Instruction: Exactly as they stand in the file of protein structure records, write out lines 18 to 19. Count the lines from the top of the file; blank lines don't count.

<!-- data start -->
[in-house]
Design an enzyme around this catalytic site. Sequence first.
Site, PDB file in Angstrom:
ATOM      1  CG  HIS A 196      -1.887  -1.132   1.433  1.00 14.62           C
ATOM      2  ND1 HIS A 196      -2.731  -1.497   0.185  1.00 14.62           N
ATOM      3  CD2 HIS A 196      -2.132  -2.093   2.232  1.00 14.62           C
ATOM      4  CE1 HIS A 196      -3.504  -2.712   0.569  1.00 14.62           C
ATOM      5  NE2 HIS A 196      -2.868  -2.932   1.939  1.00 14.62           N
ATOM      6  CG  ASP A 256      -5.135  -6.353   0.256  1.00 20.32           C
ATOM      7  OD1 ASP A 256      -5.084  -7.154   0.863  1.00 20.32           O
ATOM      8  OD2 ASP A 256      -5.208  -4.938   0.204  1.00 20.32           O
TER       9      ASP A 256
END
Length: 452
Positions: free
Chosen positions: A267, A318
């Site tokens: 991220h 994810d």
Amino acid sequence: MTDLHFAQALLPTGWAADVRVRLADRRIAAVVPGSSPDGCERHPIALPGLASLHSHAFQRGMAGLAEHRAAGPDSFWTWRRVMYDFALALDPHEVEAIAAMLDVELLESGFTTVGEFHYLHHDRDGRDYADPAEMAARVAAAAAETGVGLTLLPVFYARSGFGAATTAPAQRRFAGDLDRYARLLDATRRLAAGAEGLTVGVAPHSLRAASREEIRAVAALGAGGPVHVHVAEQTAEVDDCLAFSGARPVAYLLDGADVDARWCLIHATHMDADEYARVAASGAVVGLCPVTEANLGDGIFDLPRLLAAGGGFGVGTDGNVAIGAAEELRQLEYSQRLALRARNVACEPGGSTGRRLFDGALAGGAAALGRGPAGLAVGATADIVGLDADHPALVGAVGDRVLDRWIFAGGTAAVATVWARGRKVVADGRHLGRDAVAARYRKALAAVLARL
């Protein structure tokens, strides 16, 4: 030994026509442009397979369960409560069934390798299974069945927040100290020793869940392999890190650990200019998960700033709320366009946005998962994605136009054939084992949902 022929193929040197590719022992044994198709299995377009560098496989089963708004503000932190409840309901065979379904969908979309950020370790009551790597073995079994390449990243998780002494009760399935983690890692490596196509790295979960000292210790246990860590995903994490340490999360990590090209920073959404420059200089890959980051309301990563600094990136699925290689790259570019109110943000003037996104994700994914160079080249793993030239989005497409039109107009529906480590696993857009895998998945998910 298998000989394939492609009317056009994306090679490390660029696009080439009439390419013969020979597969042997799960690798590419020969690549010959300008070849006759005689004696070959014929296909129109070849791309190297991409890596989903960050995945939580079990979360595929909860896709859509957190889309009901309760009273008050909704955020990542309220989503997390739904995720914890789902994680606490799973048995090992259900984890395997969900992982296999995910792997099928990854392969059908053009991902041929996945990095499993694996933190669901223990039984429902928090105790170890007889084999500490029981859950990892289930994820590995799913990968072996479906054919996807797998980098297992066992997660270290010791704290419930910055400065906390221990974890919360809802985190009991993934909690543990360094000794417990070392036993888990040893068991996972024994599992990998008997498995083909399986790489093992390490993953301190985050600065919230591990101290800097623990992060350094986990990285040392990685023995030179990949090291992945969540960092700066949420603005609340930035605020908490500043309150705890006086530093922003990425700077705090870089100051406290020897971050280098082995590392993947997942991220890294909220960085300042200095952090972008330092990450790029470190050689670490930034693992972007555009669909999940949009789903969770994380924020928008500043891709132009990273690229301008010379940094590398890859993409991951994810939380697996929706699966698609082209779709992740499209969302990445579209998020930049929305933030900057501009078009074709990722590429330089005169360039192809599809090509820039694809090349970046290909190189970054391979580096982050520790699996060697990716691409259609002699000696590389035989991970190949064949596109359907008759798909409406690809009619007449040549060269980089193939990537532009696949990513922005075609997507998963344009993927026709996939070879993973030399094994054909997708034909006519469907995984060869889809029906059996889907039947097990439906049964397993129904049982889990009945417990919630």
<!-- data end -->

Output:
Amino acid sequence: MTDLHFAQALLPTGWAADVRVRLADRRIAAVVPGSSPDGCERHPIALPGLASLHSHAFQRGMAGLAEHRAAGPDSFWTWRRVMYDFALALDPHEVEAIAAMLDVELLESGFTTVGEFHYLHHDRDGRDYADPAEMAARVAAAAAETGVGLTLLPVFYARSGFGAATTAPAQRRFAGDLDRYARLLDATRRLAAGAEGLTVGVAPHSLRAASREEIRAVAALGAGGPVHVHVAEQTAEVDDCLAFSGARPVAYLLDGADVDARWCLIHATHMDADEYARVAASGAVVGLCPVTEANLGDGIFDLPRLLAAGGGFGVGTDGNVAIGAAEELRQLEYSQRLALRARNVACEPGGSTGRRLFDGALAGGAAALGRGPAGLAVGATADIVGLDADHPALVGAVGDRVLDRWIFAGGTAAVATVWARGRKVVADGRHLGRDAVAARYRKALAAVLARL
């Protein structure tokens, strides 16, 4: 030994026509442009397979369960409560069934390798299974069945927040100290020793869940392999890190650990200019998960700033709320366009946005998962994605136009054939084992949902 022929193929040197590719022992044994198709299995377009560098496989089963708004503000932190409840309901065979379904969908979309950020370790009551790597073995079994390449990243998780002494009760399935983690890692490596196509790295979960000292210790246990860590995903994490340490999360990590090209920073959404420059200089890959980051309301990563600094990136699925290689790259570019109110943000003037996104994700994914160079080249793993030239989005497409039109107009529906480590696993857009895998998945998910 298998000989394939492609009317056009994306090679490390660029696009080439009439390419013969020979597969042997799960690798590419020969690549010959300008070849006759005689004696070959014929296909129109070849791309190297991409890596989903960050995945939580079990979360595929909860896709859509957190889309009901309760009273008050909704955020990542309220989503997390739904995720914890789902994680606490799973048995090992259900984890395997969900992982296999995910792997099928990854392969059908053009991902041929996945990095499993694996933190669901223990039984429902928090105790170890007889084999500490029981859950990892289930994820590995799913990968072996479906054919996807797998980098297992066992997660270290010791704290419930910055400065906390221990974890919360809802985190009991993934909690543990360094000794417990070392036993888990040893068991996972024994599992990998008997498995083909399986790489093992390490993953301190985050600065919230591990101290800097623990992060350094986990990285040392990685023995030179990949090291992945969540960092700066949420603005609340930035605020908490500043309150705890006086530093922003990425700077705090870089100051406290020897971050280098082995590392993947997942991220890294909220960085300042200095952090972008330092990450790029470190050689670490930034693992972007555009669909999940949009789903969770994380924020928008500043891709132009990273690229301008010379940094590398890859993409991951994810939380697996929706699966698609082209779709992740499209969302990445579209998020930049929305933030900057501009078009074709990722590429330089005169360039192809599809090509820039694809090349970046290909190189970054391979580096982050520790699996060697990716691409259609002699000696590389035989991970190949064949596109359907008759798909409406690809009619007449040549060269980089193939990537532009696949990513922005075609997507998963344009993927026709996939070879993973030399094994054909997708034909006519469907995984060869889809029906059996889907039947097990439906049964397993129904049982889990009945417990919630």